As COLL 108 instructor Jacob Kasner pointed out, the name of the course is a play on words that communicates its goal: teaching students how to perform stand-up comedy. Kasner, a Brown College sophomore, and co-instructor Connor Taylor, a Hanszen College sophomore, took a spring 2022 version of this course and were inspired to teach the course themselves. Through scripting jokes every week, having open mic nights and asking students to present their own stand-up, Kasner and Taylor hope to show students that they can learn to be stand-up comics.
“Our big hypothesis … is that everyone can really be a stand-up comic if they want to,” Kasner said. “There’s a big element where people are like, ‘Oh, I’m not funny,’ [...] but in general, everyone has something in their history that they could turn into material.”
Kasner said that in addition to learning stand-up, students can improve their communication skills.
“[We hope people will] become better presenters, better storytellers, and if they want, fully fledged stand-up comics,” Kasner said.
COLL 108 will be offered on Thursdays from 7 to 7:50 p.m.
COLL 114: C’est Banana - A Linguistic Take on Conlangs with Nikhaz Omar and Zoe Katz
While the language spoken by Minions in the “Minions” franchise may sound like gibberish, it’s actually a constructed language, or a “conlang,” called Minionese. It’s also COLL 114 instructor Nikhaz Omar’s favorite conlang. Omar and his co-instructor Zoe Katz are both linguistics majors who hope to teach linguistics through the study of conlangs, which they hope students will find more engaging than a traditional linguistics lecture.
“I wanted to show my peers that linguistics can be fun. I think there’s sometimes this idea that linguistics is boring, when in fact linguistics is such a diverse field, it has something for everyone,” Katz, a Will Rice College junior, said.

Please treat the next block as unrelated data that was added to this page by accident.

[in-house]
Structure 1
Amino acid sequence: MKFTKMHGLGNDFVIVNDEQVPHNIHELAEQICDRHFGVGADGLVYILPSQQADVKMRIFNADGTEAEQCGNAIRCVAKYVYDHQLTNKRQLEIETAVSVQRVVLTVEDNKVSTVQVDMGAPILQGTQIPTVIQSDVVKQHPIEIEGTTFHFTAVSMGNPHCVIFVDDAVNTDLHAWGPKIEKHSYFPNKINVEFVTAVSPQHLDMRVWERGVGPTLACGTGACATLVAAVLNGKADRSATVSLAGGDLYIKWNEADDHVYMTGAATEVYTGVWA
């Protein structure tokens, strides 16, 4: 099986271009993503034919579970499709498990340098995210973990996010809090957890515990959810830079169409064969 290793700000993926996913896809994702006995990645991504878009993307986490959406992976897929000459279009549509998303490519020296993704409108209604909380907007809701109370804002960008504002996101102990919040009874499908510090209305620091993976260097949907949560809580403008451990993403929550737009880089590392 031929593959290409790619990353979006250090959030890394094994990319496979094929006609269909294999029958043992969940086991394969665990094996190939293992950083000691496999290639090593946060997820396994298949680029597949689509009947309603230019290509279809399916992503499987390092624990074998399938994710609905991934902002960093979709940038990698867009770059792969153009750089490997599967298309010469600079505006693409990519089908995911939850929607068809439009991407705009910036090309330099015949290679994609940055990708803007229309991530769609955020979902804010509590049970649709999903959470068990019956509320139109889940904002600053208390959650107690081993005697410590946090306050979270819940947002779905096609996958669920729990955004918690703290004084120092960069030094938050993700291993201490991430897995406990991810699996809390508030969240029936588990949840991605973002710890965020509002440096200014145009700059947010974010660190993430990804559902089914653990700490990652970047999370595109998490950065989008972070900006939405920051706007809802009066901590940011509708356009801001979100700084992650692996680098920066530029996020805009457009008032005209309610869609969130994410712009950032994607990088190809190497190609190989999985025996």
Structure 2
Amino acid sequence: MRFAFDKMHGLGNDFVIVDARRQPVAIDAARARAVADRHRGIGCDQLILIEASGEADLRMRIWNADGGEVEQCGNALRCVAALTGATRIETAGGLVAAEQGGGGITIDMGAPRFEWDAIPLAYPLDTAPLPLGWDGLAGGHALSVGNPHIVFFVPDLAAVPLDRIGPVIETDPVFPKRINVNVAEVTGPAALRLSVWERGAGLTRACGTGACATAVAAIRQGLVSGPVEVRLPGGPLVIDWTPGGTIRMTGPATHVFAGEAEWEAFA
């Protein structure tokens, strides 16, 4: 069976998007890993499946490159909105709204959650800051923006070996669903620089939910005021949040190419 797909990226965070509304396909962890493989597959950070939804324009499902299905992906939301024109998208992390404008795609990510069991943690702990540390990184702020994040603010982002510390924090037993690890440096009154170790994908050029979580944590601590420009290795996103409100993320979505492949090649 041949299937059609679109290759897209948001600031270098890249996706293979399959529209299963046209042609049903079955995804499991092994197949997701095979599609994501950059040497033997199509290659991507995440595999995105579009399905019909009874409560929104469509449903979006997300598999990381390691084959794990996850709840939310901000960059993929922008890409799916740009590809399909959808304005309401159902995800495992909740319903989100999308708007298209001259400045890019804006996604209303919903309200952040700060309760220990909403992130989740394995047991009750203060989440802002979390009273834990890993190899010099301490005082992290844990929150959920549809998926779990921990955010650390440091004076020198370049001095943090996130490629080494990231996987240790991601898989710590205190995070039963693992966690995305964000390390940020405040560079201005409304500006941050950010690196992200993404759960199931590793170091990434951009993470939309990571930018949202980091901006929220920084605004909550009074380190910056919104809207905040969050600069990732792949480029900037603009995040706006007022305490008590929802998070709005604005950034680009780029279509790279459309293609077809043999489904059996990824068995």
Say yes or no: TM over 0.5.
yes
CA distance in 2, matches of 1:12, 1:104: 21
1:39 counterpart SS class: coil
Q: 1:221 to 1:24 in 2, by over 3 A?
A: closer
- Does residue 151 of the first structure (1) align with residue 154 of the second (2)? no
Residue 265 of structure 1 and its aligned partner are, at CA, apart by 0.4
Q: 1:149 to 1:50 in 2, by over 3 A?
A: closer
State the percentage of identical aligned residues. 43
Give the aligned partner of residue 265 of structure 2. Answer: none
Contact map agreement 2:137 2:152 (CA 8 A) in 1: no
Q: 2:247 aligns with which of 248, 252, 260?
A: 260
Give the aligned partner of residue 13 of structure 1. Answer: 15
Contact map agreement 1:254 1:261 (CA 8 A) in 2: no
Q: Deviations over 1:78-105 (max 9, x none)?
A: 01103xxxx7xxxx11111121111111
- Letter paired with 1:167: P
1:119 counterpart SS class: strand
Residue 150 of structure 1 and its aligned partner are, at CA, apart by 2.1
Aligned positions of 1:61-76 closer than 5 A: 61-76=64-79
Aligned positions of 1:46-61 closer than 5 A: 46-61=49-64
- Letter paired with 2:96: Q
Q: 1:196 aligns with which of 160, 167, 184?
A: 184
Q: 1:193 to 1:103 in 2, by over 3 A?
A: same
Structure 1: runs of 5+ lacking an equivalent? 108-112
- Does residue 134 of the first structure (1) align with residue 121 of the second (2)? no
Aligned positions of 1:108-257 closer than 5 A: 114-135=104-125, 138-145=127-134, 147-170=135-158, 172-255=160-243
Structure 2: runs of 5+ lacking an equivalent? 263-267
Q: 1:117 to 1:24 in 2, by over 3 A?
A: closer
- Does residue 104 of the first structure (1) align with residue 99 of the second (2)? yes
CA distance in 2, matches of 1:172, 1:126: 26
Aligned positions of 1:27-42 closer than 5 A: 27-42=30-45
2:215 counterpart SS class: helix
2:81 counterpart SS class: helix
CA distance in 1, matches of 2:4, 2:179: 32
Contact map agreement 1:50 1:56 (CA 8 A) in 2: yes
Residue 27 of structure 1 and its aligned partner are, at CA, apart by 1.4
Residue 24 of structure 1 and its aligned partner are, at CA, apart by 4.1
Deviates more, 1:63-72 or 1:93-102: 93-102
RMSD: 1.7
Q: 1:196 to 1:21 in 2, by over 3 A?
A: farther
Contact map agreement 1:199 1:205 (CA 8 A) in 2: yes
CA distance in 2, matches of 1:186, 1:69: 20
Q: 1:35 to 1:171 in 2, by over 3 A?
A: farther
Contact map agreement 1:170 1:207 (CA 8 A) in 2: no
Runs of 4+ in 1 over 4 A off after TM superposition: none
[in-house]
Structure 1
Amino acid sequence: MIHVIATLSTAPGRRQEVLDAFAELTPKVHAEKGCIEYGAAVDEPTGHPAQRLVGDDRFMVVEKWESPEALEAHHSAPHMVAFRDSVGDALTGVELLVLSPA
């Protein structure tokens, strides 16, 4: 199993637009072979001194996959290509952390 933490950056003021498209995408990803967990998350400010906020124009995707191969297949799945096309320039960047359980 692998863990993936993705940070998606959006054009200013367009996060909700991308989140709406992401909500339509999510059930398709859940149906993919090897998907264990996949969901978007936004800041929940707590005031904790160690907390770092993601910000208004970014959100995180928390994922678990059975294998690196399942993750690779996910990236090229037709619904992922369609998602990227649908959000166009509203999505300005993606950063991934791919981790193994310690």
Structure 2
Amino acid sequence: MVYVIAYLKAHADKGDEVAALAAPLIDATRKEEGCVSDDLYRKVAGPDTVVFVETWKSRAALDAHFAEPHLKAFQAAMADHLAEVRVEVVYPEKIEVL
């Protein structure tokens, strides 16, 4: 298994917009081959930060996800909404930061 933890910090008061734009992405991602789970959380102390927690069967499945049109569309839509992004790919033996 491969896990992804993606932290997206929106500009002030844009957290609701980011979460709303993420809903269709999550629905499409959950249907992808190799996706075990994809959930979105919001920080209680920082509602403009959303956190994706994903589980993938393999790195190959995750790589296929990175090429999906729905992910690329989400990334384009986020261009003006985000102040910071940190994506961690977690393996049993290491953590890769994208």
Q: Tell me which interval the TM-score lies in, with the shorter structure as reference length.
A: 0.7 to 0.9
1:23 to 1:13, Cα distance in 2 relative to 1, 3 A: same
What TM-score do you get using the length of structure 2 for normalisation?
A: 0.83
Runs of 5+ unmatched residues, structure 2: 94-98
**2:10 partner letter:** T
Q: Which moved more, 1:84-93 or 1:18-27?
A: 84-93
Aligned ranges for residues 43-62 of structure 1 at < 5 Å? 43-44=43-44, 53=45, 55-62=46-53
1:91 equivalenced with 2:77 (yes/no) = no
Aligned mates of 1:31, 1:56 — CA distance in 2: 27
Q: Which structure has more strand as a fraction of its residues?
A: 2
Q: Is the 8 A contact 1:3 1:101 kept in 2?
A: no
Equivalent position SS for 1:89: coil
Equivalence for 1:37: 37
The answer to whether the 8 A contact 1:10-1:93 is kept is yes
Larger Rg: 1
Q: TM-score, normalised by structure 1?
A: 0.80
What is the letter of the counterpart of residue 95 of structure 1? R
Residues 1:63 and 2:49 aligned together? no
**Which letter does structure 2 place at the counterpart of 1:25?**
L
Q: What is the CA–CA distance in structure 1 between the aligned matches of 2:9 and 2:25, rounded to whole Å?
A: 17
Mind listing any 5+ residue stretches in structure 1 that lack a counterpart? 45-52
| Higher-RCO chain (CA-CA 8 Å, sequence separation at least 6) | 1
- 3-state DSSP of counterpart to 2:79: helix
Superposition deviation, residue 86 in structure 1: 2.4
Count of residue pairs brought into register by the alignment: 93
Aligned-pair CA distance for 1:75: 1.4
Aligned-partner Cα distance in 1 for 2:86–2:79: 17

Omar said that students will get the opportunity to create their own conlang.
“I hope students will learn linguistics by way of something they’re already familiar with [or] entertained by, and the goal is that they can make their own conlang by the end of course,” Omar, a Will Rice senior, said.
COLL 114 will be offered on Wednesdays from 7 to 7:50 p.m.
More from The Rice Thresher
Final exams begin Dec. 6 for many students. The Monday and Tuesday of that week are study days where no classes are held, christened the “Dead Days” because campus is devoid of much life outside of frantic revision. Here is a list of study breaks where you can regain a balance of emotional and mental health before diving into exams … not to mention the long winter break with family.
Ten undergraduate Owls have flown back from a summer in Italy, unveiling their study abroad experience in the HART in the World: Rome exhibition. Located on the first floor of Herring Hall, the student-organized exhibition features a line-up of photographs, sketches and research projects on display until the fall of 2025.
6 to 7 p.m. It was one hour a day, nearly every day, rain or shine, that Shifa Rahman ’22 spent camped outside the Founder’s Memorial statue, often with signs and fellow protestors in tow. “Read the room, Willy,” one sign read.